As anyone who has studied French-Canadian ancestry knows, they were excellent record keepers. The parish records of births, marriages, and deaths were not only well-kept, but each entry included the name of both parents when a baptism was recorded (including the mother's maiden name), and the names of all parents of the bride and groom when a marriage was recorded, as well as the names of witnesses and others present and their relationship to the couple, thus making it relatively easy to make connections from one generation to the next. I used to go to the LDS Family History Library here in LA and spend hours in a dark basement room peering at microfilmed copies of these parish registers. Of course, it helped to know a little French! But now the information from these records has been entered into a huge database at the Université de Montréal, put online, and for a fee, you can search for and download the information you need from the comfort of your own home. It is called Le Programme de recherche en démographie historique (The Research Program in Historical Demography), or PRDH.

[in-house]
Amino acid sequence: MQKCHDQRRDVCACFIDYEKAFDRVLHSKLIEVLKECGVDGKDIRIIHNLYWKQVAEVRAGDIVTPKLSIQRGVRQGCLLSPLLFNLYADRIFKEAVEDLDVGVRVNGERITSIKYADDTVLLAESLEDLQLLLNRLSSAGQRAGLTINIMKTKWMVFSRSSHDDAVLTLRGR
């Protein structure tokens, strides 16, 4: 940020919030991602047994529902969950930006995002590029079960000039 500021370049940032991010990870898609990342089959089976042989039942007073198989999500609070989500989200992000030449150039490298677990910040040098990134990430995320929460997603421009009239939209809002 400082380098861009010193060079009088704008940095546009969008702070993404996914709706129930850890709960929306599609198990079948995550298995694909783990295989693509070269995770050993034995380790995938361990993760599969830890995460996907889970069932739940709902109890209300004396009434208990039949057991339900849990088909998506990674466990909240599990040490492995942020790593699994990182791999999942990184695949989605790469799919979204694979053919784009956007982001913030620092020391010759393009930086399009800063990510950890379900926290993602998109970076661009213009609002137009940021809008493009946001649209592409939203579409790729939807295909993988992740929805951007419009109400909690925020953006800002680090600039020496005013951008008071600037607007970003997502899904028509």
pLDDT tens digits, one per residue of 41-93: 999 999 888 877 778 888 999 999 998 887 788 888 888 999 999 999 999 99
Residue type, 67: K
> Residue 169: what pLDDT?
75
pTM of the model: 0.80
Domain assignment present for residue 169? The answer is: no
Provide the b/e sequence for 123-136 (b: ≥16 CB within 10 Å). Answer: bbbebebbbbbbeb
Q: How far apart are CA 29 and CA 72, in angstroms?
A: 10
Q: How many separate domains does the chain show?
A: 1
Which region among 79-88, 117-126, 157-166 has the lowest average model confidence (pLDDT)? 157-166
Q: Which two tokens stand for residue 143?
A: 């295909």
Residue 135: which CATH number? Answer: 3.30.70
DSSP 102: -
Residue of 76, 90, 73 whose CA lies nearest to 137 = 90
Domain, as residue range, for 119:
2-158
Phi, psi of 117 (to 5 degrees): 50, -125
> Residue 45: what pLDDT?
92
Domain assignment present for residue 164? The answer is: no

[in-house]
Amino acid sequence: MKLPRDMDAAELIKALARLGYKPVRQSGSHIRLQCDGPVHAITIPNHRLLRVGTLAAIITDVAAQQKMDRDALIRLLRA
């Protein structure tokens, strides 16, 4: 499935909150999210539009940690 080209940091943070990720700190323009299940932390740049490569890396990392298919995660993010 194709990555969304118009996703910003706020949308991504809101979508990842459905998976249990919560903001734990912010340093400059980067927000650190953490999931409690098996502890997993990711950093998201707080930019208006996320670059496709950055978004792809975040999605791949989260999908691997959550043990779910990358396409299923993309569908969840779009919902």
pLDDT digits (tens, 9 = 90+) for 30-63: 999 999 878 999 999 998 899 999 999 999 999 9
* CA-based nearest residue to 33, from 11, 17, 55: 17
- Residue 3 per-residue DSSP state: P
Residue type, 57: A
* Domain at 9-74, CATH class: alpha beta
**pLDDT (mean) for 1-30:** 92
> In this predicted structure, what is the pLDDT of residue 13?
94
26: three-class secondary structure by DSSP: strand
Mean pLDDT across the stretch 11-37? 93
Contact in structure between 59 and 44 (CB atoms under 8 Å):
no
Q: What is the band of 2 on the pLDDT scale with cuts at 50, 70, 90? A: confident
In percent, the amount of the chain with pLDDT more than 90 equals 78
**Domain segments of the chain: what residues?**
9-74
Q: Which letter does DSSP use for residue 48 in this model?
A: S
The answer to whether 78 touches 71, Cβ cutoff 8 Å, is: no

My genealogy project includes stories, photos, and histories of people and places but the backbone of the project is the vital statistics, a seemingly endless list of births, marriages, and deaths without which I would not be here. So today being Mother's Day, I want to salute all mothers, grandmothers, great-grandmothers, etc. Here's to the working moms, the stay-at-home moms, and anyone who is a caregiver for the next generation. Here's to my daughter and daughter-in-law.
I also want to wish my son and daughter-in-law a happy anniversary. Can it really have been 17 years already!
And lastly, here's to Poppa. We still miss you.